Politics

Conservative Party leadership race is back on, with Aug. 21 deadline for mail-in ballots

The Conservative leadership race, paused by the COVID-19 outbreak, is now back on with a plan to choose a new leader in August by mail-in ballot.

4 candidates remain in race to succeed Andrew Scheer

Peter MacKay (left) and Erin O'Toole are seen as frontrunners to replace Andrew Scheer as Conservative leader. The party announced Wednesday the postponed race will now be conducted by mail-in ballots by Aug. 21. (Canadian Press)

The Conservative leadership race, paused by the COVID-19 outbreak, is now back on with a plan to choose a new leader in August.

However, it won't be the bustling convention filled with party supporters, which is the hallmark of most leadership races.

The Conservative who will replace Andrew Scheer will be chosen entirely by mail-in ballot.

In a news release late Wednesday, the party said those ballots must be completed and received by Aug. 21.

The winner will be announced once the ballots are counted and examined by scrutineers. Health guidelines will be respected during the counting process, the release said.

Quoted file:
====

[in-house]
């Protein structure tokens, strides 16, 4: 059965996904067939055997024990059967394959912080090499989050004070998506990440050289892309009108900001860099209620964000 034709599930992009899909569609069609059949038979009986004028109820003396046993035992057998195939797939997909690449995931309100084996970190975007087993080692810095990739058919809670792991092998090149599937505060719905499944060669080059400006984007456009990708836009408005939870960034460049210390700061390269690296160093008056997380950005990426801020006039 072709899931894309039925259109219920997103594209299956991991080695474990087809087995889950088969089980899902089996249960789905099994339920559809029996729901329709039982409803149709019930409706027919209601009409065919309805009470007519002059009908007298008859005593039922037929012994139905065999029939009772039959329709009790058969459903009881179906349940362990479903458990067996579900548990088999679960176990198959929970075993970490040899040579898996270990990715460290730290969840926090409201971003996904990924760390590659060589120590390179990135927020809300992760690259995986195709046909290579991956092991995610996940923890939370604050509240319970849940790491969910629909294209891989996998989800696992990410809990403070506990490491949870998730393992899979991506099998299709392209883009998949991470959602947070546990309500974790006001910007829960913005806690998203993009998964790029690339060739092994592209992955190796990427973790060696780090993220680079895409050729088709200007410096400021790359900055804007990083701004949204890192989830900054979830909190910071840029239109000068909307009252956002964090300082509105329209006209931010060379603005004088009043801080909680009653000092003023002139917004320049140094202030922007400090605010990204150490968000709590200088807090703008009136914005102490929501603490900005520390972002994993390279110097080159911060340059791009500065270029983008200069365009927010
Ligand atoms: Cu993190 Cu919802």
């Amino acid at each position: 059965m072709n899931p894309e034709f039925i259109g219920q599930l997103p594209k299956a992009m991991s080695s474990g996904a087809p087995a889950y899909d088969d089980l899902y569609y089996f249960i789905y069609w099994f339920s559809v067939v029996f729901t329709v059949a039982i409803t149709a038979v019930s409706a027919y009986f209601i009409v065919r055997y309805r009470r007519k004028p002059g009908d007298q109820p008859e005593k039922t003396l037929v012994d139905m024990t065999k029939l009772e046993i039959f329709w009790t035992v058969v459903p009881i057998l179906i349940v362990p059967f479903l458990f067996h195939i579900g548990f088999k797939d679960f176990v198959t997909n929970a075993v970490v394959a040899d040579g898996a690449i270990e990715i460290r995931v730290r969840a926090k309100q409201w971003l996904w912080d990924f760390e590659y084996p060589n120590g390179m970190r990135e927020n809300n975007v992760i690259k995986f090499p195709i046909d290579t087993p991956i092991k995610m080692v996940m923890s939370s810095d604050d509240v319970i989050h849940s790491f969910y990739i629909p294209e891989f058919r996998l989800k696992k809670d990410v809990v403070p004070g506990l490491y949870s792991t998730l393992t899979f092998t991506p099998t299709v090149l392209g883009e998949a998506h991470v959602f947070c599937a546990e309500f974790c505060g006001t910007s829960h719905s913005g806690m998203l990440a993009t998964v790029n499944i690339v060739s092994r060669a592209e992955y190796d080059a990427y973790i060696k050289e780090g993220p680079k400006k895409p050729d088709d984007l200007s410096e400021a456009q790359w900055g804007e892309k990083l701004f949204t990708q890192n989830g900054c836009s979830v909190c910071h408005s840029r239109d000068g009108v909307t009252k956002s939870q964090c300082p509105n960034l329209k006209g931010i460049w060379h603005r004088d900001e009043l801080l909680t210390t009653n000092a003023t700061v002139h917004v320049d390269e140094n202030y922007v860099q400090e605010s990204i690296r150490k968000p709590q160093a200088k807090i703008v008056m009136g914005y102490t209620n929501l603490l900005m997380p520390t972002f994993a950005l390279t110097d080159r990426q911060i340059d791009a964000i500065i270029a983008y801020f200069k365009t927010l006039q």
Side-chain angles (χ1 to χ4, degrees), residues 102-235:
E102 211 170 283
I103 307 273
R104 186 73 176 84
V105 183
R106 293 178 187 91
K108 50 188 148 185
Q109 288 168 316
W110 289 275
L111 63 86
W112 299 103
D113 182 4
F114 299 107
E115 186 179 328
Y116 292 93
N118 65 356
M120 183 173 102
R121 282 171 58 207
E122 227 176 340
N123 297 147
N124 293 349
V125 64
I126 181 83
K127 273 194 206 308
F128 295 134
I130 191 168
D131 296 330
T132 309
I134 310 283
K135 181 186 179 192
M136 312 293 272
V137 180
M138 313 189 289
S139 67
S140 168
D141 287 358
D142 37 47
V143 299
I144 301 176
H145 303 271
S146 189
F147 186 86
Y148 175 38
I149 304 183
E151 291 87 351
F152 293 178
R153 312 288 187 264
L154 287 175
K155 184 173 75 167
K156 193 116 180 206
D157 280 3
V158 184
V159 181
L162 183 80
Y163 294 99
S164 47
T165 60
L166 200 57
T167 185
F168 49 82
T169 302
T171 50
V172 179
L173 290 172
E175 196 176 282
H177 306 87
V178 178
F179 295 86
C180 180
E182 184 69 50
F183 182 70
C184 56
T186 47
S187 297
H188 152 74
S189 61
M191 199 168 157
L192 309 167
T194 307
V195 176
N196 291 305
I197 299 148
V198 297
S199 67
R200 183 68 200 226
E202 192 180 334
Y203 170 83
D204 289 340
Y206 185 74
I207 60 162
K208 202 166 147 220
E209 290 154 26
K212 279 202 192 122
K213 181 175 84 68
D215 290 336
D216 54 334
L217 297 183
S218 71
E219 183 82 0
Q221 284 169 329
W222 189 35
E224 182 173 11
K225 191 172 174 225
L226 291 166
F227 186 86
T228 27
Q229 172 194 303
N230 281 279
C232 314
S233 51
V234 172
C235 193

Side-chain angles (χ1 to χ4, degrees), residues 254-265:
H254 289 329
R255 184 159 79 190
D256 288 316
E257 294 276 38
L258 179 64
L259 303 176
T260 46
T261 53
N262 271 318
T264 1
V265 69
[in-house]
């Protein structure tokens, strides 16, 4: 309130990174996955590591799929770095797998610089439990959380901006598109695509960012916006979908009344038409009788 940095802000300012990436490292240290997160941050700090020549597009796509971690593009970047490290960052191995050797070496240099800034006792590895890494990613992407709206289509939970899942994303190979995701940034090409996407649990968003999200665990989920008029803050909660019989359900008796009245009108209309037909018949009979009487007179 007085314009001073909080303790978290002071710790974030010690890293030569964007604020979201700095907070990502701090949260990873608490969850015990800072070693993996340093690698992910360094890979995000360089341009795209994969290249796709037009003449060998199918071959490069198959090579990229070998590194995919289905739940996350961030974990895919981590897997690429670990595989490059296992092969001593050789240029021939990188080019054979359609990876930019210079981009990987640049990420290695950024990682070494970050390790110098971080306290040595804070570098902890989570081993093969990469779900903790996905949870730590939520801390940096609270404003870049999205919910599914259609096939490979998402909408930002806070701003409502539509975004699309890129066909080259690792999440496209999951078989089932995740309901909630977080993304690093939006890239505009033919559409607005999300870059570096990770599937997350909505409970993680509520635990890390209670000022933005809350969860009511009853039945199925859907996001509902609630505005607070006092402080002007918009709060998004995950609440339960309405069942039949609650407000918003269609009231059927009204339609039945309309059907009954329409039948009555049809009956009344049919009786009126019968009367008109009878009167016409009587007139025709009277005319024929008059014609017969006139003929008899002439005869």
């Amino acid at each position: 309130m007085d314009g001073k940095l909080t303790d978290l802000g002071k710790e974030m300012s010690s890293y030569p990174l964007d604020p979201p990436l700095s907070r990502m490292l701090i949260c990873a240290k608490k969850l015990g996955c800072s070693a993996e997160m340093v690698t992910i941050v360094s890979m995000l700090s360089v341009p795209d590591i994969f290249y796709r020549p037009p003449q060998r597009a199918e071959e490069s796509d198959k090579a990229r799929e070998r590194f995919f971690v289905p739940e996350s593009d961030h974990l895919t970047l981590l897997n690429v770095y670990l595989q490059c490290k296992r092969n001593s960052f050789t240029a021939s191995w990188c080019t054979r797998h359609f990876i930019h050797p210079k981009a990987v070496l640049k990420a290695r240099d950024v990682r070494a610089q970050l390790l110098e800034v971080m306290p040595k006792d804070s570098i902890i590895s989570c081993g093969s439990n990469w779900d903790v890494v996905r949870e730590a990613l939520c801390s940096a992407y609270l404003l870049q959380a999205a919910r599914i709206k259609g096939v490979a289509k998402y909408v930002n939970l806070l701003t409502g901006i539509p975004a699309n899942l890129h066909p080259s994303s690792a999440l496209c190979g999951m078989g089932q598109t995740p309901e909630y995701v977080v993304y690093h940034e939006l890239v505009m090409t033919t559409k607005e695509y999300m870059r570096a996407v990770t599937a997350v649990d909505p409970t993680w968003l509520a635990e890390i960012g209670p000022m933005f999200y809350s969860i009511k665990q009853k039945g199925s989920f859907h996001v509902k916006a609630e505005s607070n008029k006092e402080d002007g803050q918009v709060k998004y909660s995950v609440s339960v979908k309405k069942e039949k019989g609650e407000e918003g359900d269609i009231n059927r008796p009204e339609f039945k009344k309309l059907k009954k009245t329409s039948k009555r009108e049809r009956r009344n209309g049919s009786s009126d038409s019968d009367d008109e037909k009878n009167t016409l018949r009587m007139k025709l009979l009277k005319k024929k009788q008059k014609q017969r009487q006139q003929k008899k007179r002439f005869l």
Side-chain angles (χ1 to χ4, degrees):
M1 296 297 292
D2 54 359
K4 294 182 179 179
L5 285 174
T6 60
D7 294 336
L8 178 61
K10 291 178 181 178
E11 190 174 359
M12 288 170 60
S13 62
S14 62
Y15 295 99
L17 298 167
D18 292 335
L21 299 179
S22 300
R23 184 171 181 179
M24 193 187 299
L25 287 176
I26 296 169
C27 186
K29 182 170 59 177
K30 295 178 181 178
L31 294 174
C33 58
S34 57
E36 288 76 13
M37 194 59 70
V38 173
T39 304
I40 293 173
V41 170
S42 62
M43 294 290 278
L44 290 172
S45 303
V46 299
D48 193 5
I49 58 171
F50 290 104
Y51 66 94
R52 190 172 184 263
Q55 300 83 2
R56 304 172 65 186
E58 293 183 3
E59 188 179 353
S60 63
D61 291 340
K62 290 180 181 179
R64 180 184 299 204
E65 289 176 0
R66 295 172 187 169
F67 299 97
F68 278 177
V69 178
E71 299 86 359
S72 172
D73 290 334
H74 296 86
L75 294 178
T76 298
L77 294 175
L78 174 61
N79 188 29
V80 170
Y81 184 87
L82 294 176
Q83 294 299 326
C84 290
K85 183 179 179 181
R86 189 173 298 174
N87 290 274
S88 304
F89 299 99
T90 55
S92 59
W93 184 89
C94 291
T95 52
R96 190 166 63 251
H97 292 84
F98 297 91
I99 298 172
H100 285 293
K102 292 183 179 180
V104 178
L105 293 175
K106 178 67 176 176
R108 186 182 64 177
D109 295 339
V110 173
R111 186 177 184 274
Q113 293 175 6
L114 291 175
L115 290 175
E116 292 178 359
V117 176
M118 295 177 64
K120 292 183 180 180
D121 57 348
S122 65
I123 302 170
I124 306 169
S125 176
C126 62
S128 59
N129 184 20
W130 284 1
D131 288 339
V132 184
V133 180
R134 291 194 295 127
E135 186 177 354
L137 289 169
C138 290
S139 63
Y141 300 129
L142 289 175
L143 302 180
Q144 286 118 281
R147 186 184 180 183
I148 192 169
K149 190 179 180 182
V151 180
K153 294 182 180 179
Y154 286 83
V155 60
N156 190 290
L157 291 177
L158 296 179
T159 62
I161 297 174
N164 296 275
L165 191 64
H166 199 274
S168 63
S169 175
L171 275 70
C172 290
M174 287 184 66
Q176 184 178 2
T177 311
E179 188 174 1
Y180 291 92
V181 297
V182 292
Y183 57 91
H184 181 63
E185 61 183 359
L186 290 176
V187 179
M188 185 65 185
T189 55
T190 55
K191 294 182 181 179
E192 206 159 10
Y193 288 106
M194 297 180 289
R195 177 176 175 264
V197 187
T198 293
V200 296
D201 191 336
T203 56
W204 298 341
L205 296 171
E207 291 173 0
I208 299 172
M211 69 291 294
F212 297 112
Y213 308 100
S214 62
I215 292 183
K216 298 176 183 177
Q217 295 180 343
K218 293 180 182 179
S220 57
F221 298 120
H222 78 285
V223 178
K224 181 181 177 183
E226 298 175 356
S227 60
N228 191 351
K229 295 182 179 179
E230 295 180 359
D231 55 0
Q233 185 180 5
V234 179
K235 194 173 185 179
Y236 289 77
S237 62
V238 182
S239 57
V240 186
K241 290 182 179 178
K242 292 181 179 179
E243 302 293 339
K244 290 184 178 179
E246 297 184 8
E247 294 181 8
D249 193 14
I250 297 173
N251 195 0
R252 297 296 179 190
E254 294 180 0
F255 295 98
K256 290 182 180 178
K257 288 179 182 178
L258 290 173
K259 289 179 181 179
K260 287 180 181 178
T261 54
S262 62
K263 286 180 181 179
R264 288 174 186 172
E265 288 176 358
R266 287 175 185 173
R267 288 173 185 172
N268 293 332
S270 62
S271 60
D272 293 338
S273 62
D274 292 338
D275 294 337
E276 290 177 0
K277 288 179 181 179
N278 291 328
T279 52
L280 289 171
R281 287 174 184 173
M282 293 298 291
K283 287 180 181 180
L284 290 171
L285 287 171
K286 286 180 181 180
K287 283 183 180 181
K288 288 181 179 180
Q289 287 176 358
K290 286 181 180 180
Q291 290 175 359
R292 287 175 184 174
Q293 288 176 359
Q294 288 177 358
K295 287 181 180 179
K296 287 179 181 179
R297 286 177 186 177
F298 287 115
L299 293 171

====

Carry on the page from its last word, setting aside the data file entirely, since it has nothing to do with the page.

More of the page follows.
The statement did not indicate how long it could take to count mail-in ballots. 

Postponed by COVID-19

The party had planned to elect its new leader at a convention on June 27. However, in late March, with concern rising about the coronavirus outbreak, the race was put on hold.

Just four candidates are now vying to take over the party: Peter MacKay, Erin O'Toole, Derek Sloan and Leslyn Lewis.

Lawyer Leslyn A. Lewis is one of four candidates for Conservative leader. (Greg Bruce/CBC News)

The party confirmed no new names will be added to that list, saying the May 15 deadline to sign up new members remains unchanged.

Long-shot leadership hopefuls Rick Peterson and Rudy Husny both dropped out of contention, complaining the party had failed to adequately take into account the impact the COVID-19 outbreak was having on concerns around fundraising and campaigning.

Conservative MP and leadership candidate Derek Sloan attends a Conservative caucus retreat on Parliament Hill in January. (Justin Tang/Canadian Press)

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